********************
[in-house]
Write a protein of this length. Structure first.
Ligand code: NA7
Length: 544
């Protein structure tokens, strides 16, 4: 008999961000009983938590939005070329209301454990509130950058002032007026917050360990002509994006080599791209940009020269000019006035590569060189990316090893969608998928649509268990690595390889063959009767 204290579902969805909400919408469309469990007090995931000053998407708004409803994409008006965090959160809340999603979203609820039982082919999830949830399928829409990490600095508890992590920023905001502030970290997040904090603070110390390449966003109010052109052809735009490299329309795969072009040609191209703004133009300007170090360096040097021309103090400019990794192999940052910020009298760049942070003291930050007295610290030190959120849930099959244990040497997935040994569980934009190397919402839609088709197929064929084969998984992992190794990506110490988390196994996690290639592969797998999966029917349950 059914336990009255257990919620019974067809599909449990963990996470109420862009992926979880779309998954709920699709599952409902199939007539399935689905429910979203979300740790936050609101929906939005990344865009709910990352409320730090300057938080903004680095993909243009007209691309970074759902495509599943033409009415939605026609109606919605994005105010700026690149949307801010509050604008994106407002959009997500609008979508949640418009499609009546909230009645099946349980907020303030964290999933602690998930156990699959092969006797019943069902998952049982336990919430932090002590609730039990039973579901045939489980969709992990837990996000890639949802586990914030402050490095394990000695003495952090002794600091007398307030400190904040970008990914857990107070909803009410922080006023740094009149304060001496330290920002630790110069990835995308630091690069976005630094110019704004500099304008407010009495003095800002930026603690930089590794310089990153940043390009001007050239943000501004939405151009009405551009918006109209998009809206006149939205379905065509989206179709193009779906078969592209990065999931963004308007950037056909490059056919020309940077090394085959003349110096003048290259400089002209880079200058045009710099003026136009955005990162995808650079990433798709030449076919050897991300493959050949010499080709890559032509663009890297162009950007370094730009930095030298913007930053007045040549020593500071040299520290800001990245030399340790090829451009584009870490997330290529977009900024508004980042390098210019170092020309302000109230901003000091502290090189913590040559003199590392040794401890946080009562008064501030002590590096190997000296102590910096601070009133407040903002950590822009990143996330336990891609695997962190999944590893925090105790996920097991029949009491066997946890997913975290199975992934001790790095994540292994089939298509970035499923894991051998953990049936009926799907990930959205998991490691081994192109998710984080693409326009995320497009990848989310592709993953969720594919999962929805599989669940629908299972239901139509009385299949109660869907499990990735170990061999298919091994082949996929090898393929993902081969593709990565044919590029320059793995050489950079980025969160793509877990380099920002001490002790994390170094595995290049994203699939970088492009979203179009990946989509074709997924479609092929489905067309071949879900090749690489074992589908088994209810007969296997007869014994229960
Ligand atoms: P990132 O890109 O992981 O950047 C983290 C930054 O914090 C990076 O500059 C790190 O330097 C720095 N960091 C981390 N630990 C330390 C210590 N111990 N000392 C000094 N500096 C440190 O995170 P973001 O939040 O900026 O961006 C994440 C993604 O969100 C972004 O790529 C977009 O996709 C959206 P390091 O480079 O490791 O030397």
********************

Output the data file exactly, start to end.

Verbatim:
[in-house]
Write a protein of this length. Structure first.
Ligand code: NA7
Length: 544
């Protein structure tokens, strides 16, 4: 008999961000009983938590939005070329209301454990509130950058002032007026917050360990002509994006080599791209940009020269000019006035590569060189990316090893969608998928649509268990690595390889063959009767 204290579902969805909400919408469309469990007090995931000053998407708004409803994409008006965090959160809340999603979203609820039982082919999830949830399928829409990490600095508890992590920023905001502030970290997040904090603070110390390449966003109010052109052809735009490299329309795969072009040609191209703004133009300007170090360096040097021309103090400019990794192999940052910020009298760049942070003291930050007295610290030190959120849930099959244990040497997935040994569980934009190397919402839609088709197929064929084969998984992992190794990506110490988390196994996690290639592969797998999966029917349950 059914336990009255257990919620019974067809599909449990963990996470109420862009992926979880779309998954709920699709599952409902199939007539399935689905429910979203979300740790936050609101929906939005990344865009709910990352409320730090300057938080903004680095993909243009007209691309970074759902495509599943033409009415939605026609109606919605994005105010700026690149949307801010509050604008994106407002959009997500609008979508949640418009499609009546909230009645099946349980907020303030964290999933602690998930156990699959092969006797019943069902998952049982336990919430932090002590609730039990039973579901045939489980969709992990837990996000890639949802586990914030402050490095394990000695003495952090002794600091007398307030400190904040970008990914857990107070909803009410922080006023740094009149304060001496330290920002630790110069990835995308630091690069976005630094110019704004500099304008407010009495003095800002930026603690930089590794310089990153940043390009001007050239943000501004939405151009009405551009918006109209998009809206006149939205379905065509989206179709193009779906078969592209990065999931963004308007950037056909490059056919020309940077090394085959003349110096003048290259400089002209880079200058045009710099003026136009955005990162995808650079990433798709030449076919050897991300493959050949010499080709890559032509663009890297162009950007370094730009930095030298913007930053007045040549020593500071040299520290800001990245030399340790090829451009584009870490997330290529977009900024508004980042390098210019170092020309302000109230901003000091502290090189913590040559003199590392040794401890946080009562008064501030002590590096190997000296102590910096601070009133407040903002950590822009990143996330336990891609695997962190999944590893925090105790996920097991029949009491066997946890997913975290199975992934001790790095994540292994089939298509970035499923894991051998953990049936009926799907990930959205998991490691081994192109998710984080693409326009995320497009990848989310592709993953969720594919999962929805599989669940629908299972239901139509009385299949109660869907499990990735170990061999298919091994082949996929090898393929993902081969593709990565044919590029320059793995050489950079980025969160793509877990380099920002001490002790994390170094595995290049994203699939970088492009979203179009990946989509074709997924479609092929489905067309071949879900090749690489074992589908088994209810007969296997007869014994229960
Ligand atoms: P990132 O890109 O992981 O950047 C983290 C930054 O914090 C990076 O500059 C790190 O330097 C720095 N960091 C981390 N630990 C330390 C210590 N111990 N000392 C000094 N500096 C440190 O995170 P973001 O939040 O900026 O961006 C994440 C993604 O969100 C972004 O790529 C977009 O996709 C959206 P390091 O480079 O490791 O030397």